Saturday, April 14, 2007

Box Full of Letters

Jazzy coffee cup cozy

Yarn: Knit Picks Andean Silk (55% superfine alpaca, 23% silk, 22% merino wool; worsted weight) and Bernat Satin (100% acrylic; worsted weight)
Colors: Cranberry and silk
Needles: US 7s
Stitches: 50

Yarn: Dark Horse Yarns-Fantasy (50% nylon, 50% acrylic; worsted weight)
Colors: 14 and 15 (shades of blue)
Needles: US 7s
Stitches: 50

My letters for the Knitterly Letter Swap departed this afternoon for parts known. I included coffee cup cozies I knitted as nice surprises for my pen-pals. I've made enough of them that I can whip them out fairly quickly. I'm getting better at them, although eventually I need to try making them with circs and dpns rather than on straights.

I can't remember the last time I wrote a letter, whether by hand or electronically. With the ease and speed of e-mail, what reasons do we have these days to sit down with pen and paper? For the purposes of this swap I didn't have any stationery until I went out and bought some. Initially I thought it might be a frivolous purchase, but after writing two letters this morning, I like the idea of having it on hand for future correspondence. Now more than ever there is something special about sending and receiving a handwritten letter. The most valuable resource all of us have is time. To devote yours to writing a letter is to tell someone they're worth it.

I've mentioned several times that I love getting mail. I love getting e-mail too. Seeing messages in bold at the top of my inbox is a simple pleasure as long as I'm not wading through a bunch of spam. But "snail mail" is hard to beat. There's the daily excitement in opening the mailbox to see what has come. More often than not there's nothing good awaiting, but all it takes is one piece of worthwhile mail to make me happy.

As a kid I collected baseball player autographs by writing letters. There was even a book with the home addresses of every past and present player. It was a thrill to come home from school and find out if anything came for me. There was no home delivery in my village of 700, so sometimes I got to check our PO box, which looked something like this. (The photo is of a bank, but the door is pretty close to what our box looked like. I think ours had two, maybe three, dials on it.)

As far as I was concerned, the mail always brought good things. Obviously I've learned that isn't the case when you're an adult, but I'm still eager to see if anything good has come. I'm practically abuzz when waiting for packages I know are on the way to reach me.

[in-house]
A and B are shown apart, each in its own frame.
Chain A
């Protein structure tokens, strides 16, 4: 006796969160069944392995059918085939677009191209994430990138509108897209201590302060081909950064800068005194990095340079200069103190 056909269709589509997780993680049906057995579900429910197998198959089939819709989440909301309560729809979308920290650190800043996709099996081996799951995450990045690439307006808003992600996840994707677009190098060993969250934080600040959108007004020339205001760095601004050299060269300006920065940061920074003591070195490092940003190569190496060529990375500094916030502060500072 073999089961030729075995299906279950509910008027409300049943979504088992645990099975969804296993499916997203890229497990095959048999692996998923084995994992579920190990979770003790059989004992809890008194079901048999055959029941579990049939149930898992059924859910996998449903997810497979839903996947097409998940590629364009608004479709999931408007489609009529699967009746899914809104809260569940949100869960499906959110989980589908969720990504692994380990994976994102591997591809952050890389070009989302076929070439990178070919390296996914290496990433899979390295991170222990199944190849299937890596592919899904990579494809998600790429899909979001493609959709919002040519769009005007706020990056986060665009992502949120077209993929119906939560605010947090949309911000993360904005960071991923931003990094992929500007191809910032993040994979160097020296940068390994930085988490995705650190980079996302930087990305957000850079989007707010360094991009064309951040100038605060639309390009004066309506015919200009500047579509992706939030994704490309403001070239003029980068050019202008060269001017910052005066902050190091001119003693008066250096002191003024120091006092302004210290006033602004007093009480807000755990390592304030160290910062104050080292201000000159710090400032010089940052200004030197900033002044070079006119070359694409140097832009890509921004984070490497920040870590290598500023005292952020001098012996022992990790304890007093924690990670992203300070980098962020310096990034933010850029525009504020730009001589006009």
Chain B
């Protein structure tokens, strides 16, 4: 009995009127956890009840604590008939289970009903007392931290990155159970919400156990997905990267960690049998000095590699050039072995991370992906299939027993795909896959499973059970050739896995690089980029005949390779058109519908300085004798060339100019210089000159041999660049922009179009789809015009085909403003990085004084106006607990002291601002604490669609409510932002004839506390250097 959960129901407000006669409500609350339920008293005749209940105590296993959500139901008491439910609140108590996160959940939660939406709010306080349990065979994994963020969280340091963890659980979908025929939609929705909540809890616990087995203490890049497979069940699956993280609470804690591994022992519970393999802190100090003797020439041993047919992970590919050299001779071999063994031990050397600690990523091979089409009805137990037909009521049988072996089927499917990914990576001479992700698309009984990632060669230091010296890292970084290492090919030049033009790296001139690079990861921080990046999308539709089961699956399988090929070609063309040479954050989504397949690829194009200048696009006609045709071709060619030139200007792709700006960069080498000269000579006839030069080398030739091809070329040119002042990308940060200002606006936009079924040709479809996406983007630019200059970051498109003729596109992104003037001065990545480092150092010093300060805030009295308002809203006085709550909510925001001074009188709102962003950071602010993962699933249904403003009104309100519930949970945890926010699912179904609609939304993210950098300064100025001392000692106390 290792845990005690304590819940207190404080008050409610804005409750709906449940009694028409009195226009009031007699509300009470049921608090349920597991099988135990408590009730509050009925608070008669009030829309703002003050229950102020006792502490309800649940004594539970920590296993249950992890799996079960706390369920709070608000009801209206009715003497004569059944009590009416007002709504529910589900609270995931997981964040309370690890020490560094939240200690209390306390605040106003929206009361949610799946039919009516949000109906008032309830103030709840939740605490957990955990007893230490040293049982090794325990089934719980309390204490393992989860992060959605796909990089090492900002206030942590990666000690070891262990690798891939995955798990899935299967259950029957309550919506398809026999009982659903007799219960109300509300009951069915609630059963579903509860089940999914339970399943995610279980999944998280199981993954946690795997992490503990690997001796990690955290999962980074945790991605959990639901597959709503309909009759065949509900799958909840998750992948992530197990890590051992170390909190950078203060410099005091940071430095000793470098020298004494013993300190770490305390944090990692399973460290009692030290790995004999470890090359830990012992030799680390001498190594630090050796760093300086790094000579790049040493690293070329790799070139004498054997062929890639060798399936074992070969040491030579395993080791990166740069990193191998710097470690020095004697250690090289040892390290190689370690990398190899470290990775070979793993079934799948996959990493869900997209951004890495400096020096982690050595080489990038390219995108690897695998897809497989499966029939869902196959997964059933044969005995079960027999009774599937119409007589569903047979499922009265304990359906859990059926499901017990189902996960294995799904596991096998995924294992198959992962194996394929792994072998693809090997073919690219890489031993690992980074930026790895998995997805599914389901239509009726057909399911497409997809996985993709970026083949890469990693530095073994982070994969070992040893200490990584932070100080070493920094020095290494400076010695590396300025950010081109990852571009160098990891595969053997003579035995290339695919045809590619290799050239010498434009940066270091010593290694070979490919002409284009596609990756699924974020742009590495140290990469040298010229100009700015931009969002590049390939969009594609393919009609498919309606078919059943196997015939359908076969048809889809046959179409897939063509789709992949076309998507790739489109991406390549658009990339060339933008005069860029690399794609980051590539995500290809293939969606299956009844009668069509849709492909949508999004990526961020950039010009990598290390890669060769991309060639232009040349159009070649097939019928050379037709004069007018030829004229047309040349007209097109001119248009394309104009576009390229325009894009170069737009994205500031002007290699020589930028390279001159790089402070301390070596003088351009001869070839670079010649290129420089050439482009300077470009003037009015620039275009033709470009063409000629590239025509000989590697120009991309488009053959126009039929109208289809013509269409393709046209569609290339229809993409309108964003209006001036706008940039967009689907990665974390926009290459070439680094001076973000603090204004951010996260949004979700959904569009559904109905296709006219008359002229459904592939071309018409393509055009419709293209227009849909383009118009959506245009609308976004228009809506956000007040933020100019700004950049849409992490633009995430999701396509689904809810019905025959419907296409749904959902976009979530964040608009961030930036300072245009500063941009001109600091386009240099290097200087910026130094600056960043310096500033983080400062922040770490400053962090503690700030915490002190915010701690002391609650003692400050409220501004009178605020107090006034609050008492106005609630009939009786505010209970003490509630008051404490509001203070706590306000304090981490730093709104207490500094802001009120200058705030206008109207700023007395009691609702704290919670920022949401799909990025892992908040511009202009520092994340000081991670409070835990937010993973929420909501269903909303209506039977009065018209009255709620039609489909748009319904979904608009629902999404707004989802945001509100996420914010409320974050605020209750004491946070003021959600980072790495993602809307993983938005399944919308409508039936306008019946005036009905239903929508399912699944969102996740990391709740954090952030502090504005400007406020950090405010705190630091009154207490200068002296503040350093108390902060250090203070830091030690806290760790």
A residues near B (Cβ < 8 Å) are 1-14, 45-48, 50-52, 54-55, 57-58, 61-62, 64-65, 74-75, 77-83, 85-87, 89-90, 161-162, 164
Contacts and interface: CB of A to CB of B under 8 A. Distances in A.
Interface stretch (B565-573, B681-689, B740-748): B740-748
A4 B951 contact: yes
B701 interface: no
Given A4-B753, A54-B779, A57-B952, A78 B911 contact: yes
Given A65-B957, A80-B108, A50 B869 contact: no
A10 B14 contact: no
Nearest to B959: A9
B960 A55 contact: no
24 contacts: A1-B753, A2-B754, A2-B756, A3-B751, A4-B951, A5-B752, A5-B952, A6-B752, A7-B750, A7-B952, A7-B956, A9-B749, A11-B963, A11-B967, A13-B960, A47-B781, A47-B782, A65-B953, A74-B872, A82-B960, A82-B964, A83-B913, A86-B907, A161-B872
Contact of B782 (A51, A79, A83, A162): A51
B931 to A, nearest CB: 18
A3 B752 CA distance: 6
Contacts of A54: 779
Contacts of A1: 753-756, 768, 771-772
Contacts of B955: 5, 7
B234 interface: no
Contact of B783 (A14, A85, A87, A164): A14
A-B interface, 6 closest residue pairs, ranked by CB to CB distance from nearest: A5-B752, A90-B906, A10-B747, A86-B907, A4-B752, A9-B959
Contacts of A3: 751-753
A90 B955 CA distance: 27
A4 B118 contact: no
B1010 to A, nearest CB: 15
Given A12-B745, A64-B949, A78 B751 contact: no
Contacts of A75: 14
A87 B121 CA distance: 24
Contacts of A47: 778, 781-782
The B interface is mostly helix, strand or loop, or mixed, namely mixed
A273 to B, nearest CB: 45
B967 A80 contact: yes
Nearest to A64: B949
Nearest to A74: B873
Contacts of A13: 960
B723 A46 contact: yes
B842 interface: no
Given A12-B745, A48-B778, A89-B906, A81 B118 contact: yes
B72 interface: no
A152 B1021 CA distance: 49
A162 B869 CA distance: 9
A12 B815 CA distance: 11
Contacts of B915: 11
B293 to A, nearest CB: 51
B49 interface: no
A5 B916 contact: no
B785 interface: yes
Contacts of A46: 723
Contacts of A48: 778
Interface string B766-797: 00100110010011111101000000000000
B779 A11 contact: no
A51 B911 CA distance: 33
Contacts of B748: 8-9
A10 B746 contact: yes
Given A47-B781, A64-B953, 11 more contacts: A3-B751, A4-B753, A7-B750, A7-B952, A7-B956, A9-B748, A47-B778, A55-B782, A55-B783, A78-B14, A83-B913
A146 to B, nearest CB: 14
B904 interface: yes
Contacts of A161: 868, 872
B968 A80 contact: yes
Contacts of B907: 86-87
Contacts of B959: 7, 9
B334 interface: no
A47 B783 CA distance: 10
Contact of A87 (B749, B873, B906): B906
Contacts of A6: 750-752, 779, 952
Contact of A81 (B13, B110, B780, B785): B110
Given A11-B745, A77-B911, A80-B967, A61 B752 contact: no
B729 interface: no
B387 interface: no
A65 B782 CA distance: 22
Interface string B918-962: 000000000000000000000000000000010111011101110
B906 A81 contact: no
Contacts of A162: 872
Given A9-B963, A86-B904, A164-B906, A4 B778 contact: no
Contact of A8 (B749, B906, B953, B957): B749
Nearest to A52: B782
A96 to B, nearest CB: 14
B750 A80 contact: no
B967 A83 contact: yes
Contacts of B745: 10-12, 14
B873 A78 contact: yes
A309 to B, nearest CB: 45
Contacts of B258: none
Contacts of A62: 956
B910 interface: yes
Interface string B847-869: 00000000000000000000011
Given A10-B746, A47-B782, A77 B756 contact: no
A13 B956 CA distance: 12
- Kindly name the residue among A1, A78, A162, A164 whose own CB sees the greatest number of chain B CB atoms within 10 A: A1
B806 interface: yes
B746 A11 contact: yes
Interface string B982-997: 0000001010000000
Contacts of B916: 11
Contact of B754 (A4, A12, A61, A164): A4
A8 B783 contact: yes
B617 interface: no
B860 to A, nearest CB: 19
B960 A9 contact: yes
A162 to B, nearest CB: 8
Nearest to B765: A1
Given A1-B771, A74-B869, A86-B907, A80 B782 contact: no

But back to the issue of letters... I've been working on cleaning up my apartment and getting it packed for my move in May. One of the rare benefits of being a pack rat is that you save things that you might otherwise have thrown away. I've found some cards my grandmother sent me once I was no longer living at home. While some of the cards just have her signature, I've been thrilled to find some she wrote short notes in. The messages are basic, so they have purely sentimental value. Still, it's nice to know that I have them, especially since she died a couple years ago.

Letters make personal connections that old e-mails don't (or at least they don't yet). They're more tangible in a way that e-mails, even in printout form, aren't. The paradox of the internet is that it connects people more than ever yet disconnects us too. E-mails are great, but they can't beat letters. Ditto for e-cards. They're nice to receive, but they lack the personality of those that show up in your mailbox, don't they? It's the personal touch behind something that physically passes from one location to another that makes it more special. It's everything: the handwriting, the postmark, and the paper.

Do schools have pen-pal assignments any more? I remember having one, perhaps in second grade. His name was Merrill, and he lived in Iowa. (I think the only reason I remember his name is because Merrill Lynch sponsored a University of Dayton basketball tournament, so it stuck because it was an unusual name shared with a financial management company.) I don't think we wrote other than that one time.

I have no idea if I'll keep exchanging letters with my two pals beyond the swap obligation. Maybe our contact will end after this swap or transition to e-mail. Whatever the case, I hope that the swap has reminded me of the virtues of writing letters and spurs me to do it more often.


At 7:24 AM, Blogger Karen said...

How nice that you have your letters written and ready to go! I am still a big fan of the hand-written letter, and have blank greeting cards and a box of funny greeting to mail to friends and family. Email is fast and convenient, but I still find great pleasure in a smooth, fine-tipped pen and putting my words on paper; thinking them out ahead of time without benefit of a backspace button.

At 8:26 AM, Anonymous Anonymous said...

Can't beat going to the mail box and finding something personal from a friend. I also love getting mail, but am really slack about sending it. Email is just that much more immediate.

At 9:21 PM, Blogger Jennifer said...

the cozies look great, mark - good job getting them finished along w/ the letters...your pals will be pleased for sure : )

At 3:47 PM, Anonymous Anonymous said...

isn't receiving letters just wonderful? thanks for sharing your thoughts, and for participating in the swap!


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